Don’t cry. If you do cry maybe it will be cloudy again, and that means trouble in your life. You’ll cry tears and then you can’t see a brightening when it’s there. When you don’t cry you show appreciation to the sun and the moon that brightens up, gives you light, makes things grow–like vegetation, and the stuff you eat. You have to appreciate what nature’s doing for you. The spirits, the Great Spirits, are doing all these things during the rest hours at night. You have to rest too, and if you do then there’s no drawback that you can cry over.
You’re given life on this earth and it’s up to you to go around and appreciate it. By appreciating that life, you have to thank for what you have got. You have to appreciate it by speaking to yourself and your heart saying that you appreciate what has been done in the past. That’s what I do. I do that. And the trees are living and birds are singing. Birds sing too, they sing, and talk amongst themselves. If we did hear them talk we couldn’t understand them anyhow, but we know they’re singing. It’s nature, of all things! Oh, this is the world to study! It is the answer to your life. When you practice this with your friends you’ll see a good life. (Roufs)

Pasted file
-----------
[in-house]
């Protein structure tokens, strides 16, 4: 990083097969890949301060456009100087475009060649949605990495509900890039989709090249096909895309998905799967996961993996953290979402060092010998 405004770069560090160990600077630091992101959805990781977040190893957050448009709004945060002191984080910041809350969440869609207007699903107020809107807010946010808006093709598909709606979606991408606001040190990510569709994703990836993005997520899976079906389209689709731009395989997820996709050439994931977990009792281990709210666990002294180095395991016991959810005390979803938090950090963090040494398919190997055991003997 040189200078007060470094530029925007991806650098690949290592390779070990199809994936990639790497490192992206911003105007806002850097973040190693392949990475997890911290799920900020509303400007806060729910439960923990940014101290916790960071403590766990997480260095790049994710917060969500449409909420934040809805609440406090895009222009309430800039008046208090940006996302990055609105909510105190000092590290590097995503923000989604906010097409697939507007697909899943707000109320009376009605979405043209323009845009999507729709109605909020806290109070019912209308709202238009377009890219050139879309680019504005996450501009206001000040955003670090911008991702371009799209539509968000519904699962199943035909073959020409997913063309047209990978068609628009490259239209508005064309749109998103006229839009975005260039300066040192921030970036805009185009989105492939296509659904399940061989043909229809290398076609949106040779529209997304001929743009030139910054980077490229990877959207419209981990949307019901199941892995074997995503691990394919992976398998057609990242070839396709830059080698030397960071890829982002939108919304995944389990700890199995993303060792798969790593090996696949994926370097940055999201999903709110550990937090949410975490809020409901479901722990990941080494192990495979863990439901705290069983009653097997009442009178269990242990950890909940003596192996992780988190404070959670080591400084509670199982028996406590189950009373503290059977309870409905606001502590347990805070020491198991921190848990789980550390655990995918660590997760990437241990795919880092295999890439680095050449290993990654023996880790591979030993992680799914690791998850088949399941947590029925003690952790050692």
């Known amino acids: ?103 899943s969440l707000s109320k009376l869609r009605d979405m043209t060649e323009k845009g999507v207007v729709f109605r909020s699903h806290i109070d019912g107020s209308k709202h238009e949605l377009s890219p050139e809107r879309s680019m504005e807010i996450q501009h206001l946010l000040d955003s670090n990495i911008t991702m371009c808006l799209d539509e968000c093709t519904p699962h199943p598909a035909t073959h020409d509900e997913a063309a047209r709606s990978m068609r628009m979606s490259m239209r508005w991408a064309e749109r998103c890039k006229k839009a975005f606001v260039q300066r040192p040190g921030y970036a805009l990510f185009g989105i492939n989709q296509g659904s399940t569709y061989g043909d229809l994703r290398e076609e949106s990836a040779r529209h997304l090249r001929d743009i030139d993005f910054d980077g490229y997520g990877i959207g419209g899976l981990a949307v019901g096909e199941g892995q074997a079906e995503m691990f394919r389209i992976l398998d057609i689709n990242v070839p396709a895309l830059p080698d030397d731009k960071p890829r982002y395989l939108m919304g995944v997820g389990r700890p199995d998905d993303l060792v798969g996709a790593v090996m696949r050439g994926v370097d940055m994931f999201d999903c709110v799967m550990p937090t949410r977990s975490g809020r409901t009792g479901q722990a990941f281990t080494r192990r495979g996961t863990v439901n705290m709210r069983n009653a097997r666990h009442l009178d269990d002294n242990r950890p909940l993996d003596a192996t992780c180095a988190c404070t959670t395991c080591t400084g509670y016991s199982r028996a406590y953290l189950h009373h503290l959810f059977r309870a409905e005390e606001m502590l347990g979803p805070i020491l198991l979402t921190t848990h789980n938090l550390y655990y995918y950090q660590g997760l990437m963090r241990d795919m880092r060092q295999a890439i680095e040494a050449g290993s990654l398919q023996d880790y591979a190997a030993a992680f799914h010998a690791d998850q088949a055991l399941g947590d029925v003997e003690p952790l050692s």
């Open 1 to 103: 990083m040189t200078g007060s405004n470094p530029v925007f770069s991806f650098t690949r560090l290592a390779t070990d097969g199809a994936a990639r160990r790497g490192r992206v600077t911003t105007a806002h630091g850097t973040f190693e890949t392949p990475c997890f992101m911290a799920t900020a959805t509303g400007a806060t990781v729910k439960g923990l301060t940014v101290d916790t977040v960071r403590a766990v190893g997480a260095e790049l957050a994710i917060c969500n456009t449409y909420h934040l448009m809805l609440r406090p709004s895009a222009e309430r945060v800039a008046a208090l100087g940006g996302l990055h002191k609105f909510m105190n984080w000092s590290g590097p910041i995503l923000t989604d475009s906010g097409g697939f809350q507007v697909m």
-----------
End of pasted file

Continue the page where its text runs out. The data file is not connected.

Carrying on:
Dory Nason is Anishinaabe and Chicana and a proud member of the Leech Lake Band of the Minnesota Chippewa Tribe. She is a grateful guest on Coast Salish territory where she teaches at UBC in First Nations and Indigenous Studies and the Department of English in the fields of Indigenous methodologies, literature and feminisms. Her research focuses on Indigenous women’s creative activism and intellectual history on Turtle Island. She is currently at work on her book, Red Feminist Criticism: Indigenous Women, Activism and Cultural Production and the co-editor of the forthcoming volume Tekahionwake: E. Pauline Johnson’s writing on Native America with Broadview Press.
Roufs, Timothy. “Power, Chapter 28.” When Everybody Called Me Gah-Bay-Binayss, “Forever-Flying-Bird”: An Ethnographic Biography of Paul Peter Buffalo. Available at